Newfoundland in the Nineteenth and Twentieth Centuries
Essays in InterpretationBook - 1980
The first comprehensive history of Newfoundland was published in 1793, but a centenary and a half passed before the first university course in the history of the island was offered there. During the past fifteen years there has been growing activity in the subject. This volume is the work of six scholars who have either studied or taught at the Memorial University of Newfoundland. Some have done both.
The book has two broad aims. First, to point out the major themes of modern Newfoundland history currently being examined, and to offer a number of new interpretations of economic and political development in the last two centuries. Second, to supplement the standard works that are readily available to students. In some areas it provides additional details; in others, it bridges wide gaps.
The themes considered include: an introduction to the writing of Newfoundland history; the transition from the purely maritime economy of the nineteenth century to the mixed oceanic and inland resource economy of the twentieth, and the difficulties this involved; the decline of the traditional cod fishery in the nineteenth century; Newfoundland's rejection of confederation in 1896; the limitations imposed by the fisheries agreements Britain negotiated with France and the United States; the consequences of the decision to reject confederation and diversify the local economy; the growth of the Fisherman's Protective Union; the political atmosphere of the 1920s; the party politics in the post-confederation period; and, finally, the collapse of Newfoundland's oldest industry, the saltfish trade, and the province's integration into the North American economy.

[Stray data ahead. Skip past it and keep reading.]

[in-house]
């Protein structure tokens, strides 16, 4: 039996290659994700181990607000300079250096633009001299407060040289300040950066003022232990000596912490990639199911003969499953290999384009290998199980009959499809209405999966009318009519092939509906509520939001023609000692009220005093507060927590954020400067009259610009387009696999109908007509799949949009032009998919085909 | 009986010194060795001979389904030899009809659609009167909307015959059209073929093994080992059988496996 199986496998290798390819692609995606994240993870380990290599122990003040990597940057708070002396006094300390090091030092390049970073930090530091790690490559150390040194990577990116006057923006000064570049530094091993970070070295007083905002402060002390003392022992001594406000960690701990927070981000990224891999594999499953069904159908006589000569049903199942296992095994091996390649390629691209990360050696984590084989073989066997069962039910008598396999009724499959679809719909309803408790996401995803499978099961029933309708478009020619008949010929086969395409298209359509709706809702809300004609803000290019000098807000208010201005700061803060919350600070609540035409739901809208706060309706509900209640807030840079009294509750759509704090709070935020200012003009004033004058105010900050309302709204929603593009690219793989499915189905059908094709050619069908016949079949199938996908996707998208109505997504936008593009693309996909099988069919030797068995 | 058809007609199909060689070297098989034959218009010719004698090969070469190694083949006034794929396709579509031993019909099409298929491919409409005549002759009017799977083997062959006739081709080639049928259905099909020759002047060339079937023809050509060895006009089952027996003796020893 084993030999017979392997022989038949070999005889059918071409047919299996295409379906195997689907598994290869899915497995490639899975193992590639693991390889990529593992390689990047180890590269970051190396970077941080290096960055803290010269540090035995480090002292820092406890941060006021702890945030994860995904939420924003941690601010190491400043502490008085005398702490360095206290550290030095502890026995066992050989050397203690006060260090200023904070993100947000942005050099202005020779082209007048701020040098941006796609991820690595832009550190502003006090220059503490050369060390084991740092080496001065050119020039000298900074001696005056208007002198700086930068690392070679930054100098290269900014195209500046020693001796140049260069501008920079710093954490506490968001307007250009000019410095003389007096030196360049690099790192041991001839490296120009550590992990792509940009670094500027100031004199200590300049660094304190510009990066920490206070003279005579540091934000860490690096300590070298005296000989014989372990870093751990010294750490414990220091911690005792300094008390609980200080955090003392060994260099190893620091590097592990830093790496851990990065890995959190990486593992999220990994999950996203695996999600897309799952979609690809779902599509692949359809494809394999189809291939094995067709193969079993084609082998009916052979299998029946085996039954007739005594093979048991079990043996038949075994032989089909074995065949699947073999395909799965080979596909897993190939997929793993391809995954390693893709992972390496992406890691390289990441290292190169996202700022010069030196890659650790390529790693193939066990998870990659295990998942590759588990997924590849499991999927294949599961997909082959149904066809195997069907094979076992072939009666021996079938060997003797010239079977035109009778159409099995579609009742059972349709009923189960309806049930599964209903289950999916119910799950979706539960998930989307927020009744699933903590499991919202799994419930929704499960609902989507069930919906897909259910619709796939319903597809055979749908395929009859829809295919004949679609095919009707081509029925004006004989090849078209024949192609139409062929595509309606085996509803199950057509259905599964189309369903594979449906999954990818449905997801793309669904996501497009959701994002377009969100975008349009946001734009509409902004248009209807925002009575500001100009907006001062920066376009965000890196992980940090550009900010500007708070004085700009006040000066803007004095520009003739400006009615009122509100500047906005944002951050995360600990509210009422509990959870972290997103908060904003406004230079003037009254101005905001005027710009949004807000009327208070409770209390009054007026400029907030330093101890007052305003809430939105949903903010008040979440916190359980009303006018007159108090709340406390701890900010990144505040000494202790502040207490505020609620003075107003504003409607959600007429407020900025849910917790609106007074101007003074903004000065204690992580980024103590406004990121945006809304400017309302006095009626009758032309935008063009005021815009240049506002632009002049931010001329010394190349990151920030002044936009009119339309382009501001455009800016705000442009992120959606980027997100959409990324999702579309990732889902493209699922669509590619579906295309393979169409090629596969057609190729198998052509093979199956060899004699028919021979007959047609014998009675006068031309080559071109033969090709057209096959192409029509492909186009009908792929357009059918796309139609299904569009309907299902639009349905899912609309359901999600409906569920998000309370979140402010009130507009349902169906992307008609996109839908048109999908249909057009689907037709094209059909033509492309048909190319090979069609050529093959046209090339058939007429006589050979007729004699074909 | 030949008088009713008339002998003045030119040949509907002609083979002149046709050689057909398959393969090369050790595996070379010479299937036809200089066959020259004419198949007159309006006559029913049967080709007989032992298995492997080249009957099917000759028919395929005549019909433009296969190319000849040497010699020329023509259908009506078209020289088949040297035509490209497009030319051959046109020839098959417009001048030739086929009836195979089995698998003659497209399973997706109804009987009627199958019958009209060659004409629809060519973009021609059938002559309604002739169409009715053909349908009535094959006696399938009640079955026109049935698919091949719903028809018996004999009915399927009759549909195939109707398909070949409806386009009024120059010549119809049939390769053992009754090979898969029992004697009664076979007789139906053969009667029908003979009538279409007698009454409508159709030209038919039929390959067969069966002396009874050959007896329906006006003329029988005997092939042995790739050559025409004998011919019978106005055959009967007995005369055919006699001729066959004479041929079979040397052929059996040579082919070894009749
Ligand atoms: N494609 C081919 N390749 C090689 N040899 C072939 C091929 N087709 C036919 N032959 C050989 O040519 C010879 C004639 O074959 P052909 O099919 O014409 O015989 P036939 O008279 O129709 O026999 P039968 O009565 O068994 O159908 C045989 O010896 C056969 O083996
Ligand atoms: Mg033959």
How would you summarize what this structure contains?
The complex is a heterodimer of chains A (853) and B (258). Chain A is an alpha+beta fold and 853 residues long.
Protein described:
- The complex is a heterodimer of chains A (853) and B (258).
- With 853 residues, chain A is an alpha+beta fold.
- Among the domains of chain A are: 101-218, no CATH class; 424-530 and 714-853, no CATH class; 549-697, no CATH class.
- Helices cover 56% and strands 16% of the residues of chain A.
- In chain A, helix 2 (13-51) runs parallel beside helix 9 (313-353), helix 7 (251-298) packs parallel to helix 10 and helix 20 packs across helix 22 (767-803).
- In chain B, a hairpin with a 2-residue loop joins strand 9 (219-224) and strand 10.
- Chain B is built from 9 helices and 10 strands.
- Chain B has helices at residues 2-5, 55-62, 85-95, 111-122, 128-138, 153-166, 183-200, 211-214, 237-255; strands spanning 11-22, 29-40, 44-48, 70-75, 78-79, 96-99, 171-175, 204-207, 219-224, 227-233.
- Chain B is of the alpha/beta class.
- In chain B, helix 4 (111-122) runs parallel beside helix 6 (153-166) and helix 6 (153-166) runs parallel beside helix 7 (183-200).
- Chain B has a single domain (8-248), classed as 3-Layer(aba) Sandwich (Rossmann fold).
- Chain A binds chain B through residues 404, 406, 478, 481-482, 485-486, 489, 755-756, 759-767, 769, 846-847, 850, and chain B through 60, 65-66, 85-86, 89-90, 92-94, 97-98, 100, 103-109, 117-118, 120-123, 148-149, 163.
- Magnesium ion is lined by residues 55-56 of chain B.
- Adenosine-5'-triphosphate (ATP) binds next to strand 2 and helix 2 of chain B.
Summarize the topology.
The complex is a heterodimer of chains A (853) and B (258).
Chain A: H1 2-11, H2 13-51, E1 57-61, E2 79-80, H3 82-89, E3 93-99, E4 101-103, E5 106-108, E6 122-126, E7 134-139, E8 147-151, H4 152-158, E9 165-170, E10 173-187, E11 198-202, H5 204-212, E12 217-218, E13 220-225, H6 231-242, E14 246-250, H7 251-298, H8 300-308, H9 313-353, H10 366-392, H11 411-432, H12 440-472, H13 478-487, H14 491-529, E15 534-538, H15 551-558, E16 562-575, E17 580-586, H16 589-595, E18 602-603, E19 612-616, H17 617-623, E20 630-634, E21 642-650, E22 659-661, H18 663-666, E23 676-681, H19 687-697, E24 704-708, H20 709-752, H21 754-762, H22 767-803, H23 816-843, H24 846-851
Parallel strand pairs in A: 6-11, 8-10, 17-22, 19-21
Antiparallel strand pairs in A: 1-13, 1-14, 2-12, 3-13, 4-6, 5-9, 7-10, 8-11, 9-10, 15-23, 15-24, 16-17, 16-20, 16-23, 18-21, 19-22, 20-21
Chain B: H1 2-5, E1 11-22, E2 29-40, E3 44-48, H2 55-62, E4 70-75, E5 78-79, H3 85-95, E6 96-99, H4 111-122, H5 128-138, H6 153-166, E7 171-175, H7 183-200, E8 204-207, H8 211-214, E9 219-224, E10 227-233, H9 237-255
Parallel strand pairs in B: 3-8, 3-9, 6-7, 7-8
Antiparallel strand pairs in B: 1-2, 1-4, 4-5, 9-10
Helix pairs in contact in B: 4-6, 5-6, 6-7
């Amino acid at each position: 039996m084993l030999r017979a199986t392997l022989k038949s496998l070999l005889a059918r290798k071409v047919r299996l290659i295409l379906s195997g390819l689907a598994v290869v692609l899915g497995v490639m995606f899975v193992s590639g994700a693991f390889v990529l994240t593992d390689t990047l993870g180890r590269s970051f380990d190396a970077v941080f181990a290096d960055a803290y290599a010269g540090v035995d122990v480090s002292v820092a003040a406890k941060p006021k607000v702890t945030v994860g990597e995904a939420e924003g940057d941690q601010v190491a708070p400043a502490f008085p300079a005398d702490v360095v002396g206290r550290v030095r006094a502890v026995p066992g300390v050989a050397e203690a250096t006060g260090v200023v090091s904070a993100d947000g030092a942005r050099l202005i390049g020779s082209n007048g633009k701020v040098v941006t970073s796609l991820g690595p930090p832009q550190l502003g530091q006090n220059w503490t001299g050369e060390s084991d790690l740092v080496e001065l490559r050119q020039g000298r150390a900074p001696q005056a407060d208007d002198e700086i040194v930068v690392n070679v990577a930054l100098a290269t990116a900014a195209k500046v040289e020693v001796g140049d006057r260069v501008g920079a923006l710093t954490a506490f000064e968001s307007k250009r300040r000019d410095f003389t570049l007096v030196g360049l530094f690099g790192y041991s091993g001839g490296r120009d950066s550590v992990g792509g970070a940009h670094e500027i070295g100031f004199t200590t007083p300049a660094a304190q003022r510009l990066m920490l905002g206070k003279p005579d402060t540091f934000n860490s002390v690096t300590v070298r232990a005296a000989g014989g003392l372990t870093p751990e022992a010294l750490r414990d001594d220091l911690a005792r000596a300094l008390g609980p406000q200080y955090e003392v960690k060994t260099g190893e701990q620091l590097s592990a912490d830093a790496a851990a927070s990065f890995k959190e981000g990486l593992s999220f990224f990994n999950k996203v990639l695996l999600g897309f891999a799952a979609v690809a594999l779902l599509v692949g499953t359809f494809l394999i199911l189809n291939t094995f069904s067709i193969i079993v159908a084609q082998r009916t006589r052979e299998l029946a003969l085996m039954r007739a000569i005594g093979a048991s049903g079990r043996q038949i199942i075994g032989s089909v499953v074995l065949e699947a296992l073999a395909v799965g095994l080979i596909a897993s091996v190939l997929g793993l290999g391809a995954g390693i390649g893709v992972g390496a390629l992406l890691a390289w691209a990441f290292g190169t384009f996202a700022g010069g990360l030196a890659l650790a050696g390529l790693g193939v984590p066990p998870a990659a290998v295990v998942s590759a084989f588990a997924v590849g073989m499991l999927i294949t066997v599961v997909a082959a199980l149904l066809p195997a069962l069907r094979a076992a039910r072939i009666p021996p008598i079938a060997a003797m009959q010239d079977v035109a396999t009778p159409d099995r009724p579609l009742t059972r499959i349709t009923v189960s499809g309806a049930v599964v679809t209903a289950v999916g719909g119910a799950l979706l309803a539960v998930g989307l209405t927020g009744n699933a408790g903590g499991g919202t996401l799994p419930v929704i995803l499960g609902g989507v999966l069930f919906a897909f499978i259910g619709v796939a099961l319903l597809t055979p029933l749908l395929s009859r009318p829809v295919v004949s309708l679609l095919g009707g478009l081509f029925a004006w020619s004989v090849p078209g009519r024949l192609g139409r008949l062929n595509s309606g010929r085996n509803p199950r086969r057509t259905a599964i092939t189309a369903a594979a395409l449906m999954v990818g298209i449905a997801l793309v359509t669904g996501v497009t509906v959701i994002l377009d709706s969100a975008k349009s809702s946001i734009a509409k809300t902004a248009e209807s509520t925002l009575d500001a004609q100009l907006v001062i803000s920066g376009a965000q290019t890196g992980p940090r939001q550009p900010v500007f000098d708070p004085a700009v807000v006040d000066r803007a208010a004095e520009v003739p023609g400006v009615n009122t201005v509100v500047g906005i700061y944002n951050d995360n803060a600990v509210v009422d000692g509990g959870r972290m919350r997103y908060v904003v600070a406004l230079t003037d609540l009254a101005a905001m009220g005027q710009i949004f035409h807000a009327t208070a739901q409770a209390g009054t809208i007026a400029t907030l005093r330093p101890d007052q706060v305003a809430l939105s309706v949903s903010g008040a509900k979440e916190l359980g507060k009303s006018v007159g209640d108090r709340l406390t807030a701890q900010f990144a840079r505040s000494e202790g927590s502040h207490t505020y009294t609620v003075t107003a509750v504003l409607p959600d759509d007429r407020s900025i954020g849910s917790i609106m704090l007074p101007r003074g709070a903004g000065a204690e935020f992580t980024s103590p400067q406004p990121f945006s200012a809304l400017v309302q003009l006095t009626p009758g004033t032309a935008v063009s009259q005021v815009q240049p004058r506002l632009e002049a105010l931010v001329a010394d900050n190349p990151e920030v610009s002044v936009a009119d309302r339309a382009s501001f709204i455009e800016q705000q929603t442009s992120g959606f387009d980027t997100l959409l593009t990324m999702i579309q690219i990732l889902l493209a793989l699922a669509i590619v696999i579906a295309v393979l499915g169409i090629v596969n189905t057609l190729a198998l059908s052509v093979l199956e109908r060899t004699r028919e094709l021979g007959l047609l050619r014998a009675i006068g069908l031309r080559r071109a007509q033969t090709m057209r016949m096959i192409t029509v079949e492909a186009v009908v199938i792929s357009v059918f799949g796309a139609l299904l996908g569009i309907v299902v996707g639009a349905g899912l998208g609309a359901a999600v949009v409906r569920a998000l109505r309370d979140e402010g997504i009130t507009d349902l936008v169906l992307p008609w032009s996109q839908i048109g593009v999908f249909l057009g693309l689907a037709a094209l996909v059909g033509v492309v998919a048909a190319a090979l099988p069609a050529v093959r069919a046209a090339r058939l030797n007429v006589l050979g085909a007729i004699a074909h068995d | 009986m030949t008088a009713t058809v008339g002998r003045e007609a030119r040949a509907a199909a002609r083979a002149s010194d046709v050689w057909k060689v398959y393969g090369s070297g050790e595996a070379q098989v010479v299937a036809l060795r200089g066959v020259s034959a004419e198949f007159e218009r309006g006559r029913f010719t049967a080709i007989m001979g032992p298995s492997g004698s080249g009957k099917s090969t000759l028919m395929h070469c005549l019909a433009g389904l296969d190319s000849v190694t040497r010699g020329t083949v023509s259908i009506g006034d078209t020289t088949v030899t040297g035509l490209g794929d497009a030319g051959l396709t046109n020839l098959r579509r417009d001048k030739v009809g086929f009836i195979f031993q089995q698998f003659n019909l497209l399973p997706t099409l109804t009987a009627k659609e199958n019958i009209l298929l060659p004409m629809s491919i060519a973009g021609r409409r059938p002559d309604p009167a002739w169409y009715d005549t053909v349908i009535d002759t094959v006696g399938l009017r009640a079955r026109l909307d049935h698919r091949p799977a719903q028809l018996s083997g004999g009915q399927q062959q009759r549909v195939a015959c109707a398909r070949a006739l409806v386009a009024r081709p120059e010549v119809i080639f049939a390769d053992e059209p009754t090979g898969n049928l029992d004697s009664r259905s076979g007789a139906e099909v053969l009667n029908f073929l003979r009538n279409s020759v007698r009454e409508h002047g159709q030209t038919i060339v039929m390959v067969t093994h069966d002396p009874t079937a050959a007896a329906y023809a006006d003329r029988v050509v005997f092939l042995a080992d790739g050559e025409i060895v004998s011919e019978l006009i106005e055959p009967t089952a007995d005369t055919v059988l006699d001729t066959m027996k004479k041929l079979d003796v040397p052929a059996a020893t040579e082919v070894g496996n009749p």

This is a book intended for both regional specialists and general students of Canadian history. It provides a valuable resource about a province of rapidly growing importance.